One Night in Bangkok.

Sitting in the massage chair, she yanks me up, throws an arm behind my head and crack, crack, cracks my back.  Then she does it again, and again.  Pound, pound, pound on my shoulders, slap, slap, slap on my back, the hollow clunking of prayer hands on my head, one, two, three times, and then… I’m done!

Jump up, run out, cross the street to the Mexican food joint that serves deliciously good tacos that taste like they’re from home.  Seattle-style Mexican food in Bangkok… yum!!

Order, watch the Thai girl who was working earlier chatting up some poor young kid who just got in.  The street is streaming outside- Thai people, white people, white people with serious beach tans, dreadlocked heads, baby heads, thumping music, flashing lights, careening tuk-tuks, bargaining taxi drivers, Indian men selling suits, fried food, phad thai, the smell of curry working its way into my nose, throat, choking, choking, choking- BIG cough, that’s better- More people, more music, a liquor menu that will blow you away- Buy three shots, get your fourth free!!!  Every Monday! screams the sign on my table….

Tacos arrive, grub, grub, grub, gotta hurry, gotta catch a train…  The Thai girl next to me turns and strikes up conversation- I saw your friend earlier, she drawls, showing off her English.  The new kid gazes at her in adoration, his pink-topped queen, black, teased hair, everything he’s ever dreamed of.  She was with her boyfriend… she says to me, showing large incisors and a rolling tongue.  I wonder if she’s a lady-boy.

Guacamole, beans and rice, yum, yum, yum, it’s six forty-five.  He’s going to the Full Moon Party, she goes on, and now the boy is grinning at me, hopeful, turning his body in my direction.  Ughhhh….  Oh, that’s cool, I say, through a mouthful of beans.  You’ll love it.  Back to my tacos, chomp, chomp, chomp, gotta get ‘em down, gotta eat fast and pick up my bag before I catch a cab, gotta go!!!

She has stood up, her empty margarita glass on the table, and left me with the boy.  I feel him edging in.  Great.  I keep eating.  So…. he begins.  Where are you from?  Here we go…

I’m from Seattle, I say smiling.  Back to the taco, dive in.  Oh… Seattle… he says.  I’m from Berlin.

Ah, Berlin, great… I say, shoving my face, not in the mood for a date.

So, when did you get here?  He asks, eager for conversation.  His Thai goddess has left, and now his whole body is turned towards me.  Um, last month, I say through a mouthful of taco.  Oh, last night? he asks brightly.  Yeah, last night.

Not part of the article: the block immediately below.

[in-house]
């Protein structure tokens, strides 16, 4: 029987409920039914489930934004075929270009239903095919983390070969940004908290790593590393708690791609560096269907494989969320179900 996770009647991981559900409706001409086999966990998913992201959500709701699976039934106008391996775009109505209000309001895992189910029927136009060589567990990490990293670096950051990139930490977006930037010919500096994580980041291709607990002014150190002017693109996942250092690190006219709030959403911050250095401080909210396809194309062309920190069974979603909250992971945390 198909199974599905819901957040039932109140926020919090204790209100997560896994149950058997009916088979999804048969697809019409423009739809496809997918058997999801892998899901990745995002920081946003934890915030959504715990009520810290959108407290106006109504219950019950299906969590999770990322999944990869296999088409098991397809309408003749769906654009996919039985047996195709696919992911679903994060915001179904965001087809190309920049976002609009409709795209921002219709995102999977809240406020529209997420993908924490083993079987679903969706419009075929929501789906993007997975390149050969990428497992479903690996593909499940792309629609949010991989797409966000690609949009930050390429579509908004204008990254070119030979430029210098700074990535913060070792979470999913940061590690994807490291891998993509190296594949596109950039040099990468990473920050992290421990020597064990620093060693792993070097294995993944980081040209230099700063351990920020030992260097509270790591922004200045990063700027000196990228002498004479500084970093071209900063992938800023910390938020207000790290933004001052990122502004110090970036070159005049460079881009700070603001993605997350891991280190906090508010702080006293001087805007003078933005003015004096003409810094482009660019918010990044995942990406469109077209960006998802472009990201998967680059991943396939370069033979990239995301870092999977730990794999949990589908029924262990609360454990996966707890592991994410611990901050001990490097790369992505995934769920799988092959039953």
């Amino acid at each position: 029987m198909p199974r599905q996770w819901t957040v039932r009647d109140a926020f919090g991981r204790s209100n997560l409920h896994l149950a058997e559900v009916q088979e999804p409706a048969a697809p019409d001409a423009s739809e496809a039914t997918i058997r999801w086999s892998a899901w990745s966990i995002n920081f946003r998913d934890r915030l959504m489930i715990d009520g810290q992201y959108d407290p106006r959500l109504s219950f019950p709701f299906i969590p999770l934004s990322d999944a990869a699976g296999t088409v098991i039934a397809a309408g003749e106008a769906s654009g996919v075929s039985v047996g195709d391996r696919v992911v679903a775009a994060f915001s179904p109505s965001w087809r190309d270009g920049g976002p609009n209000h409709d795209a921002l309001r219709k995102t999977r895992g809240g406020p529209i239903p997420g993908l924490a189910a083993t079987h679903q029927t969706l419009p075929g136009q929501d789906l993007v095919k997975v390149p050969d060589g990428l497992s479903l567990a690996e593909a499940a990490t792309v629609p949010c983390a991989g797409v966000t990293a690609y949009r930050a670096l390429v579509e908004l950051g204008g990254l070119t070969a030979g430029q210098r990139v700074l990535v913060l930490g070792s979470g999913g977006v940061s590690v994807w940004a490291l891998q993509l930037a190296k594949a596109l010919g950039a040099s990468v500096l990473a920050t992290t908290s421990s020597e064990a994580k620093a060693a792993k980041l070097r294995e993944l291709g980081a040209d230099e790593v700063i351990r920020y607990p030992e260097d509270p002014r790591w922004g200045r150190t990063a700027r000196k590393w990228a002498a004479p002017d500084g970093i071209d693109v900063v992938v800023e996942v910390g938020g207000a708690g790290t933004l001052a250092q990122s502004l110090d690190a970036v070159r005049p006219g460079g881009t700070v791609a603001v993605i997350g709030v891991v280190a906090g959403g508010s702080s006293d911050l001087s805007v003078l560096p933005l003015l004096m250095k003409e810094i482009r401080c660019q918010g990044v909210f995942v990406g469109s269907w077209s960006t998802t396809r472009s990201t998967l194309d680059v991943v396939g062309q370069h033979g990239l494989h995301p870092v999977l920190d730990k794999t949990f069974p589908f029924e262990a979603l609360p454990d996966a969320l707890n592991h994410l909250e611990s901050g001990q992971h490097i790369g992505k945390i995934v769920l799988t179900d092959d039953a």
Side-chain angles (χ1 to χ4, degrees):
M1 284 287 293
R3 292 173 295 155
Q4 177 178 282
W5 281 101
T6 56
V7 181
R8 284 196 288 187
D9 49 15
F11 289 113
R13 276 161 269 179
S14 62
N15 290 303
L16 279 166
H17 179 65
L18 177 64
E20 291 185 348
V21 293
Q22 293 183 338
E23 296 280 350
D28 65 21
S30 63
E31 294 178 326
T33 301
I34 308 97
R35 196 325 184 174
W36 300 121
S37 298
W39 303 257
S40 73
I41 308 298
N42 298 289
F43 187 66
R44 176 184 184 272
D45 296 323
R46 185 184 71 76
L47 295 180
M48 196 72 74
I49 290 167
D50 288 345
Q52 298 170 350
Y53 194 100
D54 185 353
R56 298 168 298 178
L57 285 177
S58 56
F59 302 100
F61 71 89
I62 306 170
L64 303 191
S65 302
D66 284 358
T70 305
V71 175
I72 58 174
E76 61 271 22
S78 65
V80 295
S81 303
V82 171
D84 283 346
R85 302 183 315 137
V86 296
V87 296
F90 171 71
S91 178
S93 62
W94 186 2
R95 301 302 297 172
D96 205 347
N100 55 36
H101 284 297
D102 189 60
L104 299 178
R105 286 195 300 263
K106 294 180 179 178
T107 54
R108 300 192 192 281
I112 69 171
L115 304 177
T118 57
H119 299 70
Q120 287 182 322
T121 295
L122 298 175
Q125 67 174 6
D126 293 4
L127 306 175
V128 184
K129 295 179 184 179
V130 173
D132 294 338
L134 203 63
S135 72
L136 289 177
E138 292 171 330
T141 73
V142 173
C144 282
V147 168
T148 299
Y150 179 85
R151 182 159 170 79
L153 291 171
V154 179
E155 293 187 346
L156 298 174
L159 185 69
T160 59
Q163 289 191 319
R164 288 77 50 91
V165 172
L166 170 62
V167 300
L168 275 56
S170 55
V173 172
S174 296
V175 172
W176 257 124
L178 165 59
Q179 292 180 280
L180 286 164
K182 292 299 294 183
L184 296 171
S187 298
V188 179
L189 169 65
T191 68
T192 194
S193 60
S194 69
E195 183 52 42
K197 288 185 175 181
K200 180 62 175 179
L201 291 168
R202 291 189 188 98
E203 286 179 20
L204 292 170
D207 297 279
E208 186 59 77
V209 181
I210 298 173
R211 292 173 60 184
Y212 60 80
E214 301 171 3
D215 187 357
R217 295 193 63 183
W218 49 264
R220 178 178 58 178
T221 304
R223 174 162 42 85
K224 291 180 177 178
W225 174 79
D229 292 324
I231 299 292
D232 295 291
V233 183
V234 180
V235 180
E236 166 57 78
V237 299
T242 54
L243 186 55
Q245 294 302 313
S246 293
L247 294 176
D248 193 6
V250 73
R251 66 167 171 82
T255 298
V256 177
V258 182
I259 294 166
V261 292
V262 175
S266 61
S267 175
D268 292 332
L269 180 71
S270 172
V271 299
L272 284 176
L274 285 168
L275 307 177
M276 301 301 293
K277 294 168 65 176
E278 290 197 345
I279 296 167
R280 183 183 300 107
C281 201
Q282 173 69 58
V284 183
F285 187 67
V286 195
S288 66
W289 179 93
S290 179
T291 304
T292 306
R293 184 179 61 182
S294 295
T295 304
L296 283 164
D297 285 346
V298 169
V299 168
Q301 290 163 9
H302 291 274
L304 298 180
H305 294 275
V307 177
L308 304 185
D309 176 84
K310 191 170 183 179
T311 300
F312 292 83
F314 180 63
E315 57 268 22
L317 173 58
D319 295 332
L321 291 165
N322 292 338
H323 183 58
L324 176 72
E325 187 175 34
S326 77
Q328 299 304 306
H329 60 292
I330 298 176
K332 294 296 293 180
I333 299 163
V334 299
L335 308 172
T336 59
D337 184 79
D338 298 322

Jump up, gotta go, train leaves in thirty minutes.  Run out the door, into the night, hit full force with the wave of heat.  I am already sweating again.  Into the guesthouse, show the key, grab my bag, throw it on my back.  Oh my god, that’s heavy.  Out the door, onto the street, who’s gonna take me to the train?!

First cab rejects me, second speeds away, third tries to rip me off so badly we both laugh… finally a tuk-tuk screeches around the corner, stops, offers me a good price, and I roll in, bag first, breathless body next.

To the train station!  He whips through traffic, narrowly avoids a motorbike, and the breeze on my arms is a welcome relief.  Time is flying, tick, tick, tick, must make it to the station in ten minutes.  But he’s a champion, my brave tuk-tuk driver, and I never should have doubted him, because he drops me off at the station in five minutes flat, and with a grin in the mirror, says, Bye Bye!

Bye Bye, I echo, and tumble into the station, disheveled, sweaty, the eyes of a young Thai girl on me.  She watches me as I wipe my forehead, wipe my lip, shake off my hand.  It’s way too hot!  Inside the station I rush to the counter, and watch the Thai girls behind the glass in amazement.  How does their hair stay so dry?  Is it really that sleek?!  When I step up to ask where I’m boarding, a gust of icy air hits me in the face and I realize their secret- AC.

They point me in the right direction, and I am running, well, speed-walking, out across the pavilion, right at train 5, rush, rush, rush past the people.  had-yuan-1311Last carriage, says the Thai man in the navy blue suit, pointing to the end of the platform.  I go, go, go, my Thai pants swishing, my eyes on the girl coming towards me.  She is deeply tanned, Israeli probably, and wearing lots of silver around her neck.  She sees me looking at her curiously, and smiles, and I smile back at her, huge.  The smile doesn’t leave my face as I watch a Thai guy trying to break-dance ahead of me, and then a courteous conductor comes into view, bowing slightly and waving me on.  I can’t stop smiling at people.  In fact, I am smiling at the world.  And the world is indeed smiling back.

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